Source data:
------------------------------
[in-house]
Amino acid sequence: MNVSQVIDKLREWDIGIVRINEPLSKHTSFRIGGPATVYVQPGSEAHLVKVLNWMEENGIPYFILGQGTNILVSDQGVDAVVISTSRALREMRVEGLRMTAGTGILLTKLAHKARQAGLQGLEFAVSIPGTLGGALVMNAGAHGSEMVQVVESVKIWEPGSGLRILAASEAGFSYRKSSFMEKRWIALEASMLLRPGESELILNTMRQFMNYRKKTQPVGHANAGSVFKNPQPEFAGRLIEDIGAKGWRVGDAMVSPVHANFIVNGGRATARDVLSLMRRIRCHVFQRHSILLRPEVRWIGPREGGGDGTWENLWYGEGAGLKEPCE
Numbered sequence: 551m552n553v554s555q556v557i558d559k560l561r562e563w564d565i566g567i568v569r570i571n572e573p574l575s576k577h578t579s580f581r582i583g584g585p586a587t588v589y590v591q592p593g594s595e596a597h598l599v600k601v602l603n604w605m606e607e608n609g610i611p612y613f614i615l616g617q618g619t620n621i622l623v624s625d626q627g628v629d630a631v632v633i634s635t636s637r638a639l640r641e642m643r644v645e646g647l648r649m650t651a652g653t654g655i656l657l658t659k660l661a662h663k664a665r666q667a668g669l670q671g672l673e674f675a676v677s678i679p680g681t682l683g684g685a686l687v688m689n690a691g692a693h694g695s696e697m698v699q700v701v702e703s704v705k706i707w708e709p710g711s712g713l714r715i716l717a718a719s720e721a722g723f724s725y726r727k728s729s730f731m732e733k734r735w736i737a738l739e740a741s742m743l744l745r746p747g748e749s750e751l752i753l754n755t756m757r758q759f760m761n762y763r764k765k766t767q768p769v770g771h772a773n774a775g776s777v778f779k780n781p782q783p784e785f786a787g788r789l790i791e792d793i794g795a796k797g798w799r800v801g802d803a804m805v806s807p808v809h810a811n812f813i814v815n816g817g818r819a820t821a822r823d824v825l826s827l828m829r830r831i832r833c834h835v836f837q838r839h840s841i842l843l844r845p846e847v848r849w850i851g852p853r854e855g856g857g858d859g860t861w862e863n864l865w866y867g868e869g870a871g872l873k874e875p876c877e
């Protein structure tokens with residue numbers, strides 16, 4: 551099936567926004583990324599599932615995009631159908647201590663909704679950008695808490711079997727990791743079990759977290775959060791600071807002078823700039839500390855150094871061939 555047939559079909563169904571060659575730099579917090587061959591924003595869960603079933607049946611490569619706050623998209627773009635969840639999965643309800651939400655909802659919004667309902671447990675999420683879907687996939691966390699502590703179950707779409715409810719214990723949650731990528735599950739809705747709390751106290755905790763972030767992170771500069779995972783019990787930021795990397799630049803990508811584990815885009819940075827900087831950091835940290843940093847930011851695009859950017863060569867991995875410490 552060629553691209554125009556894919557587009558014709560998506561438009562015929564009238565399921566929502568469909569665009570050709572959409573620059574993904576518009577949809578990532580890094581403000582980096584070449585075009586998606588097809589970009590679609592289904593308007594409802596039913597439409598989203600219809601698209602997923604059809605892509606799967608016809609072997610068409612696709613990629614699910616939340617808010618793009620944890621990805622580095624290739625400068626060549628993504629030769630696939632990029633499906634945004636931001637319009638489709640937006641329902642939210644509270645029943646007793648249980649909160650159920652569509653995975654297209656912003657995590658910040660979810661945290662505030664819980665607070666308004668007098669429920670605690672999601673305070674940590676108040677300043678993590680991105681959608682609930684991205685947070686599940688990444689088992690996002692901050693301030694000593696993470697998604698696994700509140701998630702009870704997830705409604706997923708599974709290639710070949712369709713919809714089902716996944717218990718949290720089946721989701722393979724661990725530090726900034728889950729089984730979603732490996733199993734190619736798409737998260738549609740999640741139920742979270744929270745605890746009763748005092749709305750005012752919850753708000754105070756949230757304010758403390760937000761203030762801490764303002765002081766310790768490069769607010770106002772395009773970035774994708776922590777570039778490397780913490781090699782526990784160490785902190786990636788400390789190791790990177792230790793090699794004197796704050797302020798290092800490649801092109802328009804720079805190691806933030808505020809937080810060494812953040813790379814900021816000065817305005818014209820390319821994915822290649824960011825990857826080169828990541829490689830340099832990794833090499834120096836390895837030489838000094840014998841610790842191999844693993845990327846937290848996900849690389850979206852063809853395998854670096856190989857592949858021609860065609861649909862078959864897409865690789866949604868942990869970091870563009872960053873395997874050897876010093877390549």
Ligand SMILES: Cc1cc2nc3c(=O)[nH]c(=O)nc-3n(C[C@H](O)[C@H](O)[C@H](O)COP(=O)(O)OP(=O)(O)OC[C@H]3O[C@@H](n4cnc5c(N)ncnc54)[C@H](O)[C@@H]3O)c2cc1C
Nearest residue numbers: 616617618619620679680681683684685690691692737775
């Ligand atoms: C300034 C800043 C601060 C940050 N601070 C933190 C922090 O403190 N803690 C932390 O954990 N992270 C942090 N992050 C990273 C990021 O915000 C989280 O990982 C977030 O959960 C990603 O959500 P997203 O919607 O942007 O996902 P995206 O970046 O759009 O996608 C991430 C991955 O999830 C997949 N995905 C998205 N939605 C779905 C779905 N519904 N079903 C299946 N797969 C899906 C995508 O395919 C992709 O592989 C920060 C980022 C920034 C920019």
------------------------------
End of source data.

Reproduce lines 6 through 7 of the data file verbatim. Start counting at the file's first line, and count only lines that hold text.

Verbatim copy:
Nearest residue numbers: 616617618619620679680681683684685690691692737775
């Ligand atoms: C300034 C800043 C601060 C940050 N601070 C933190 C922090 O403190 N803690 C932390 O954990 N992270 C942090 N992050 C990273 C990021 O915000 C989280 O990982 C977030 O959960 C990603 O959500 P997203 O919607 O942007 O996902 P995206 O970046 O759009 O996608 C991430 C991955 O999830 C997949 N995905 C998205 N939605 C779905 C779905 N519904 N079903 C299946 N797969 C899906 C995508 O395919 C992709 O592989 C920060 C980022 C920034 C920019």